My expectations for Prometheus were probably unreasonably high and although I am certainly not disappointed I don't feel as shatteringly affected as I hoped to be. Despite this Promethues is still, hands down, the best Science Fiction film in years, probably since Blade Runner. Sure, there have been great sci-fi films but Prometheus is Science Fiction of the highest order. Better still it takes the mythology of the original Alien film and expands it enormously, more so in fact that all of the official sequels and risible cross-over abortions managed to do combined.

And now we hear that Scott is to revisit Blade Runner. I hate to wish my life away for the sake of movies but holy shit, I can't wait to see it.

2nd Viewing Update: NOW IN 2D!!!

Having seen Prometheus again (in glorious 2D) I can confirm that that lack of emotional impact the first time around led me to view the film the second time in a slightly different manner, and this time I was armed with an extra nugget of knowledge. On first viewing I blamed my inability to absorb key plot points (hence the pacing of the film and the behaviour of the characters feeling 'off') on my lack of perception in the face of visual splendour. Had I known in advance that scriptwriter Damien Lindelof was one of the writers of Lost I would have adjusted my expectations accordingly. This time I did and the result is one of bewilderment. Visually Prometheus tells an epic story. Dialogue and script-wise it teases greatness but generally fails to deliver, not because it is too oblique or insufficiently opaque, but because it is utterly shallow and liable to crumble under any scrutiny.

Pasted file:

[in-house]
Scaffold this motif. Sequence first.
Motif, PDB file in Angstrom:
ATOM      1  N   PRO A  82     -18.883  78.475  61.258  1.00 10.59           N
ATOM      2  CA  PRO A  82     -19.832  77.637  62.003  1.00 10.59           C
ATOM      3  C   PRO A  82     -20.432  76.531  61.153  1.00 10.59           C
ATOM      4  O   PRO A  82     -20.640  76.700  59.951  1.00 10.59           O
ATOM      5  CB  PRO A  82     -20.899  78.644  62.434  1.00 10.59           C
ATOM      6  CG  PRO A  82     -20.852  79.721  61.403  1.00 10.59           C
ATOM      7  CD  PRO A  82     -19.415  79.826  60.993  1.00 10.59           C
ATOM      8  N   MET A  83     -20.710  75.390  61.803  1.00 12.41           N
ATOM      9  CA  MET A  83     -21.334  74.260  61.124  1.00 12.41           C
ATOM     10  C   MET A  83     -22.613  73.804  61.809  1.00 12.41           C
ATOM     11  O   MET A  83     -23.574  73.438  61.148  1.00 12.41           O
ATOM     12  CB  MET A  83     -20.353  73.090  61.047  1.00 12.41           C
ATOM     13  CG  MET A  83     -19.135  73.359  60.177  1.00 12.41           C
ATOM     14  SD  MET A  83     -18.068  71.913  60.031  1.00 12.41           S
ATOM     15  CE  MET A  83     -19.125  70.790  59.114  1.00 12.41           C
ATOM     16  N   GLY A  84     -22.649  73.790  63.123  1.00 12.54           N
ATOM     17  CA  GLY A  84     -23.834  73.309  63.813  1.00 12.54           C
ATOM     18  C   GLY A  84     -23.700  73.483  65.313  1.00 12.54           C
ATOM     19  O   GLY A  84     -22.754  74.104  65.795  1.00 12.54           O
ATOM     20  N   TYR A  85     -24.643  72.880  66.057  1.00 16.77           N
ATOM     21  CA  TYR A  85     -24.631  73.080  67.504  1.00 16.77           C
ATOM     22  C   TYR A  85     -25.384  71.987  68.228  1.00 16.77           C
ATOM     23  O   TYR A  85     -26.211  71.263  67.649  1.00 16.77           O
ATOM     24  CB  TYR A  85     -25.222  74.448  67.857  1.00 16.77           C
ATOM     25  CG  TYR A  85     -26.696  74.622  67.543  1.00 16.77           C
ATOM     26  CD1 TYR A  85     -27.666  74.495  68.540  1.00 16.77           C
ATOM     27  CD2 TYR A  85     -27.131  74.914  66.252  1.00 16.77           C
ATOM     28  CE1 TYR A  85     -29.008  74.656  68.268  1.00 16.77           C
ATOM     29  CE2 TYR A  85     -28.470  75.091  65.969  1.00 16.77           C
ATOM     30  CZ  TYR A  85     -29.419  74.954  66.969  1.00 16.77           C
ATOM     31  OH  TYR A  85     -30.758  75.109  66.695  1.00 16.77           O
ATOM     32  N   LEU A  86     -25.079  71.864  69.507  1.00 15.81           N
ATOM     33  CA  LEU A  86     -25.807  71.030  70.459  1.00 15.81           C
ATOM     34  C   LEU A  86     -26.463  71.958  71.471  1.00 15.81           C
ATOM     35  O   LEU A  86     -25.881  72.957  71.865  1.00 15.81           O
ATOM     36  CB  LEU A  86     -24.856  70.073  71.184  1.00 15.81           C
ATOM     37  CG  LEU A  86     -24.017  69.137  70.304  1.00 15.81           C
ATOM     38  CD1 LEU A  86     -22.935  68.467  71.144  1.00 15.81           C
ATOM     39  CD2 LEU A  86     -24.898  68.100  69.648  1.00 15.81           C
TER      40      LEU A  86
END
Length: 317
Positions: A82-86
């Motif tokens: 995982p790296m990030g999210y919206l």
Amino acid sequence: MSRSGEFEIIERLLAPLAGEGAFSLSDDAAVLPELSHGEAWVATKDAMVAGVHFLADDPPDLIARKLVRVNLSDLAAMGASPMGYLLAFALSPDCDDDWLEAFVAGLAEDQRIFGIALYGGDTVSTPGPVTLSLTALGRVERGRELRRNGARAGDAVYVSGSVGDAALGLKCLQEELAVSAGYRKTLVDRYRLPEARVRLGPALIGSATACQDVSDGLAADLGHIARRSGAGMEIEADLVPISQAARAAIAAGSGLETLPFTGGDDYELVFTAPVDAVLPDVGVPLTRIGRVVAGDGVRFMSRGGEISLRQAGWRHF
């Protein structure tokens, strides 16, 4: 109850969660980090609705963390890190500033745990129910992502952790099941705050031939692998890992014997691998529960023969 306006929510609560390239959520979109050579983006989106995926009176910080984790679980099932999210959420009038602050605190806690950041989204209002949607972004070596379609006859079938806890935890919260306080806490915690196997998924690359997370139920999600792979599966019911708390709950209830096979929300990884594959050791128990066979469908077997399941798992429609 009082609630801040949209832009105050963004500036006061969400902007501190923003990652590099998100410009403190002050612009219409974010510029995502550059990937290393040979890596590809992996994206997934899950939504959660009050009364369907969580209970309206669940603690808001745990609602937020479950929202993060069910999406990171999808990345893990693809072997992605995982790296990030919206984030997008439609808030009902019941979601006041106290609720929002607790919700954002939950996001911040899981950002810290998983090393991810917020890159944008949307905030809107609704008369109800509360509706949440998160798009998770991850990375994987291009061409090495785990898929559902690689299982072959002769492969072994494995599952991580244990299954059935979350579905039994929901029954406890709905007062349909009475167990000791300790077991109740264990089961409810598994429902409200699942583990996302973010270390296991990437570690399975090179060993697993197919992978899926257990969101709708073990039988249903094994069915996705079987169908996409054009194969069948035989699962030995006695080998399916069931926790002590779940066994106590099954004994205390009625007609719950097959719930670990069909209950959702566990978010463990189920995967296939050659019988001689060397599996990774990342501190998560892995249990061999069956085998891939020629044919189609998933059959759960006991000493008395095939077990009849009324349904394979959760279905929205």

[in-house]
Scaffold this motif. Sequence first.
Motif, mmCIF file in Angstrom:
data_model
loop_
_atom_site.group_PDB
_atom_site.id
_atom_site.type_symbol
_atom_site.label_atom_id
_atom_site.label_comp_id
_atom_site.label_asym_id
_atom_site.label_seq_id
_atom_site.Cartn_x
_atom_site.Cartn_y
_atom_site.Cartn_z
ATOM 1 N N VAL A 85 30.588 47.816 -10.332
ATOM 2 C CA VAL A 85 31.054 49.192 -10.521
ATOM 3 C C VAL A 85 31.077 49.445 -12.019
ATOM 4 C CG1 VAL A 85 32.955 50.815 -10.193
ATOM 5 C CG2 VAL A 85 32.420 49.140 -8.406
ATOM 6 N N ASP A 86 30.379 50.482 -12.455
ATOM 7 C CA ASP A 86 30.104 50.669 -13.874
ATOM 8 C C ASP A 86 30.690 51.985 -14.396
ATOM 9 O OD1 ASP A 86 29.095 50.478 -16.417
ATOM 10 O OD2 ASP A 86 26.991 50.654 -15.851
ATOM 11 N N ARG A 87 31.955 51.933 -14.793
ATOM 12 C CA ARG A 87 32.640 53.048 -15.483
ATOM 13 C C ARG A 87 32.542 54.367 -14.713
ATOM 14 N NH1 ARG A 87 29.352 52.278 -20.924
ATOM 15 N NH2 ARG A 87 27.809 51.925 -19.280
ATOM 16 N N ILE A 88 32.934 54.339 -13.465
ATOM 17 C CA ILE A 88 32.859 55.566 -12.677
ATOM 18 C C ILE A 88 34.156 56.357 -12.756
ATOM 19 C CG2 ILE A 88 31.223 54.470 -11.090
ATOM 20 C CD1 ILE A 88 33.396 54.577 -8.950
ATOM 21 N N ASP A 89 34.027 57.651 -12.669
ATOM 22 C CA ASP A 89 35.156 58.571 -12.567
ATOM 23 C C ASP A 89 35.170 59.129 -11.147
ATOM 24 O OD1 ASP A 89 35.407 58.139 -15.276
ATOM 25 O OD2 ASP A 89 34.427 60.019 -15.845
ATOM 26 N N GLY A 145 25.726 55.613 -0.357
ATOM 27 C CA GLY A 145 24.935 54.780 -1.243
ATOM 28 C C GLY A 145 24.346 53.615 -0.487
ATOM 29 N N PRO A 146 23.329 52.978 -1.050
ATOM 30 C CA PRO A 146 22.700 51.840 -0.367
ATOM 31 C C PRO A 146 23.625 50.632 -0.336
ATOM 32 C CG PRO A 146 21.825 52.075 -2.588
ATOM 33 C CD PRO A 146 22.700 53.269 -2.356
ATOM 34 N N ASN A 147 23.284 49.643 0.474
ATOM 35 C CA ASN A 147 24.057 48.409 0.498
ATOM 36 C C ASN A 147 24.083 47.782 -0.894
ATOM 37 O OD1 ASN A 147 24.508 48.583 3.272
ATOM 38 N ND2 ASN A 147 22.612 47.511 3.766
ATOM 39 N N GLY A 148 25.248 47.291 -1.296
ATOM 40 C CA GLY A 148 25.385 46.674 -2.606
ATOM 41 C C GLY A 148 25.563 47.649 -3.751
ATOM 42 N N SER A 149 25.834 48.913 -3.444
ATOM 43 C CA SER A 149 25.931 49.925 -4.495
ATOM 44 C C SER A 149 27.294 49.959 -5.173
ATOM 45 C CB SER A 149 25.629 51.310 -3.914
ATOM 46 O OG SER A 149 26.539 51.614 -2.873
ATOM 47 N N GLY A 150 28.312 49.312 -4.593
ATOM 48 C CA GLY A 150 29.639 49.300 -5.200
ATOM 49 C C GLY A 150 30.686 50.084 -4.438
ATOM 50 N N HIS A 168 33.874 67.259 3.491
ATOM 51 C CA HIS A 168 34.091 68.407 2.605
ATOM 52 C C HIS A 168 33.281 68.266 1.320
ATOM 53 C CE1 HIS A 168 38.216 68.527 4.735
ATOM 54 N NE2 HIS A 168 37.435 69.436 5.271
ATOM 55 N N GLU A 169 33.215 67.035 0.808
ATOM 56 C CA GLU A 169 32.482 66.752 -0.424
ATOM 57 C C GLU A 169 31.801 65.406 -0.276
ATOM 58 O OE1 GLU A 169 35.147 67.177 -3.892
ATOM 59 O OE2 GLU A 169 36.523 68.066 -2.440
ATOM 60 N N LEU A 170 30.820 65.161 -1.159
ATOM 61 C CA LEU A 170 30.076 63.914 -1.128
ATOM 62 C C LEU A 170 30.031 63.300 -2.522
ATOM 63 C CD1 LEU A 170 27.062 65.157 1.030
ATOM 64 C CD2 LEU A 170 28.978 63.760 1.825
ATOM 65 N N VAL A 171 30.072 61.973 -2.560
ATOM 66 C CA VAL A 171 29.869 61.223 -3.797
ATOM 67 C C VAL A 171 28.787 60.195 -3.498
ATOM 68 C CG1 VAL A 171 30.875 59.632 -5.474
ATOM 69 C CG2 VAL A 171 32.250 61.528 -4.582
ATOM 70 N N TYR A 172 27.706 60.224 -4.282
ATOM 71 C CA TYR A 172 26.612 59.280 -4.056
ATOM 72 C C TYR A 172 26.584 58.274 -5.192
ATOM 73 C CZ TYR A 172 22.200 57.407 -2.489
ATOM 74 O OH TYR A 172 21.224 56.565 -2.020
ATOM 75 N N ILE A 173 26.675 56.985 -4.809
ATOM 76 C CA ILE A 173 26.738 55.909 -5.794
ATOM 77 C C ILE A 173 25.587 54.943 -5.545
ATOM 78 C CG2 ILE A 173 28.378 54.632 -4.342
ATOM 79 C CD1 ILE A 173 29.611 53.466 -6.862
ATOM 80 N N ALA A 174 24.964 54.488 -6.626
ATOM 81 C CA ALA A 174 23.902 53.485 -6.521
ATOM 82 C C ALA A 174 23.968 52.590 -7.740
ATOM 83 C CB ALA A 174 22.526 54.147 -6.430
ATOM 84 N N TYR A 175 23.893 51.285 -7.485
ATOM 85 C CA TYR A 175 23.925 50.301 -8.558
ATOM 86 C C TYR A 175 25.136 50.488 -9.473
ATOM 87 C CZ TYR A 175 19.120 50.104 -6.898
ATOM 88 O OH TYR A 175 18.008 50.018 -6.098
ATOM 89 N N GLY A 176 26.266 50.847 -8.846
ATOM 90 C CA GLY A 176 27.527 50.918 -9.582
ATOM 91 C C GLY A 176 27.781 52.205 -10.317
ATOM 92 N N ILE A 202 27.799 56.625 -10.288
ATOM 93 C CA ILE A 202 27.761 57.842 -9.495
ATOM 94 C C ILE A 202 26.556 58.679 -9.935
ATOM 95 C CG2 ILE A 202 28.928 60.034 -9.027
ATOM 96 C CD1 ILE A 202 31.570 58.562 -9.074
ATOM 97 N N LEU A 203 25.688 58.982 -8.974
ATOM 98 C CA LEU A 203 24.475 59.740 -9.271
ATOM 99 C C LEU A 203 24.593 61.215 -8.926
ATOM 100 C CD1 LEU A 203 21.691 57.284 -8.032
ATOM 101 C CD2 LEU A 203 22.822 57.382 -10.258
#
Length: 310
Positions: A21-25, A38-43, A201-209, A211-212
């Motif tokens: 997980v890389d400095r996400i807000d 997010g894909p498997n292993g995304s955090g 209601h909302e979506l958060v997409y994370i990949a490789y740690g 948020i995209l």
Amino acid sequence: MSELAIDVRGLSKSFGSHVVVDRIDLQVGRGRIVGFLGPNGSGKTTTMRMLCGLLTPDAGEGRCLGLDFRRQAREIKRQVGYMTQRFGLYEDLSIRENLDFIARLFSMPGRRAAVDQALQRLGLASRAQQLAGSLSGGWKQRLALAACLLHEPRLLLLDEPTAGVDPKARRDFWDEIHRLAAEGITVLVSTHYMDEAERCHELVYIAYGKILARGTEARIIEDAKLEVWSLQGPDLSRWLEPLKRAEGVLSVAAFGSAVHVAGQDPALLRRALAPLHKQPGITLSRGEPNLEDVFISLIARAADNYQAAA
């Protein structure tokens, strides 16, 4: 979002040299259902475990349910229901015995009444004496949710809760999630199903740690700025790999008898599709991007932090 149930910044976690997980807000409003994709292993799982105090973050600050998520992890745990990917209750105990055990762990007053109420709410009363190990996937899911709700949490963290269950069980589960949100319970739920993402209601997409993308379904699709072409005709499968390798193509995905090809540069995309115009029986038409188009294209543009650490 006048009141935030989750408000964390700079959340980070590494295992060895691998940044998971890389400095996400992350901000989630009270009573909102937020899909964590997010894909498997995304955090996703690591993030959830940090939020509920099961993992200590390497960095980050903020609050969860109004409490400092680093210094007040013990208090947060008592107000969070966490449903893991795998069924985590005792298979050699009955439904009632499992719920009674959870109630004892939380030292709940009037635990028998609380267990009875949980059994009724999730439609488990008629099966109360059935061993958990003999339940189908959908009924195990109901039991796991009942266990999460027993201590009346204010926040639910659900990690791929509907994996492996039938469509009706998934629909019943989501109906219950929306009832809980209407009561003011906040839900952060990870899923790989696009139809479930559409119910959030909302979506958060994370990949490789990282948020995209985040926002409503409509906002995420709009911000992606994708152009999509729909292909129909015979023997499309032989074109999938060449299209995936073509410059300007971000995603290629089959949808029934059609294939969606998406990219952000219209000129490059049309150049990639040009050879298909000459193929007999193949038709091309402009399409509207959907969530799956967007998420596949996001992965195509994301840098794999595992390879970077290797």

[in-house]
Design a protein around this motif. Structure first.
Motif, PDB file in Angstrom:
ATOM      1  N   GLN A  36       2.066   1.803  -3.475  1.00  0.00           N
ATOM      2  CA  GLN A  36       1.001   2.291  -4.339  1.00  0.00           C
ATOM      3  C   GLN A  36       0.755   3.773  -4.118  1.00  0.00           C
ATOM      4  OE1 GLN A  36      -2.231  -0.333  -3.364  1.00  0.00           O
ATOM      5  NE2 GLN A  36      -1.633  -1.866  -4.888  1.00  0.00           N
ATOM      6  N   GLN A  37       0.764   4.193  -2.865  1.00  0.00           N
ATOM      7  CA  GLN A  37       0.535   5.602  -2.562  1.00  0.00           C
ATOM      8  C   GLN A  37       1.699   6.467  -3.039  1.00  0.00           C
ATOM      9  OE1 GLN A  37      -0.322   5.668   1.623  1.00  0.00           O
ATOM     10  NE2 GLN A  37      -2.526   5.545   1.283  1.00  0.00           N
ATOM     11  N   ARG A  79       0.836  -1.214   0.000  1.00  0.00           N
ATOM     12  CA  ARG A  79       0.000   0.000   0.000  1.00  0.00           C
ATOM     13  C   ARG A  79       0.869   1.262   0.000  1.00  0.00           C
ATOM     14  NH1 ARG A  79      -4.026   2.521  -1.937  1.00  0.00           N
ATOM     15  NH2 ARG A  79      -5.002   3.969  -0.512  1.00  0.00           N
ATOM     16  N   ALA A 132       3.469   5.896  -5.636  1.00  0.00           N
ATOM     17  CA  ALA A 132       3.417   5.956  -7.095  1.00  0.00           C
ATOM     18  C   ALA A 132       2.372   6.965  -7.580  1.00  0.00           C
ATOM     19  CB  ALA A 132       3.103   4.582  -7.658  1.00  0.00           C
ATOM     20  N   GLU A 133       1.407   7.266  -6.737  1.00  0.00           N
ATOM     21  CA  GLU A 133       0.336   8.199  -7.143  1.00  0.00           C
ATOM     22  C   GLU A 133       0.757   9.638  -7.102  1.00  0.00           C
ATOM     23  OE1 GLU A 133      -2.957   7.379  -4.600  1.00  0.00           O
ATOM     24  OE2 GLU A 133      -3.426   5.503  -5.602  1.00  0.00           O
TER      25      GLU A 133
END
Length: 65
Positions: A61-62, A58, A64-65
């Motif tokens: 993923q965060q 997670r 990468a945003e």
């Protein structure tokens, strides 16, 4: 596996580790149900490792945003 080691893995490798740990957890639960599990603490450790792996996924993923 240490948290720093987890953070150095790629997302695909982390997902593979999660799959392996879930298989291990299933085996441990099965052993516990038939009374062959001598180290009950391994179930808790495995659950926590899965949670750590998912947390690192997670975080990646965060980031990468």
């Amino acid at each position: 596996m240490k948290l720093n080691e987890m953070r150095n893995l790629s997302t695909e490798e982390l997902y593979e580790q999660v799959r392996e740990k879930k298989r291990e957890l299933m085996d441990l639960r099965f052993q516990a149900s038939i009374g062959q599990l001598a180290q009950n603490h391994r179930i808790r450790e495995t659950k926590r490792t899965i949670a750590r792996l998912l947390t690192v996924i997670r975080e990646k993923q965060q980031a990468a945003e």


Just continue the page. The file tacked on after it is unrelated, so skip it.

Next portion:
Nevertheless I still think it is a great, but critically flawed, piece of work. I had held high hopes for an extended version for home video release but to be honest there is very little point if the glaring flaws are not resulting from a studio-imposed reduced running time, but essentially down to an extremely brittle script. The main questions in my mind are no longer related to film content, but to why Ridley Scott, a meticulous film-maker obsessed with detail, would fuck the dog so grandly in one key area? 

Of course an answer does occur to me fairly quickly. 

On paper the idea of a big budget, Scott helmed return to the Alien universe is tantalising and full of possibilities. Unfortunately the commercial demands on such an outing will always compromise any result, either in the form of a substantially reduced budget, a more family friendly rating or in the form of massively reduced expectations on the IQ levels of the target audience. In the case of Prometheus I suspect it was the latter. I dearly wish Dan O'Bannon were still around to pass judgement on what is effectively an alternate take on his and Ron Shusett's original Alien script, Star Beast. In fact in may be that the death of Dan O'Bannon is the one of the key reasons for all of the above because surely he would have been Scott's first port of call when the train started rolling.

We now live in an age when 2001: A Space Odyssey or the original Planet of the Apes could never get made. 

Under modern studio conditions is Prometheus as good as it could ever have hoped to be?

No, I don't believe that. There must be popular film-makers and writers around who could have accomplished the task of making the Prometheus script not only conceptually sound but able to 'pop' with audiences. 

Despite all of this I still have high hopes for any Ridley Scott venture back into Blade Runner territory. Initial reports suggest that original screenwriter Hampton Fancher is already working on a draft screenplay so there may be some promise of greatness... again. 



  2. More erudite comments are available on request :0

  3. Thanks for the review. My expectations are now tempered but I'm happy to hear it's not a total bust.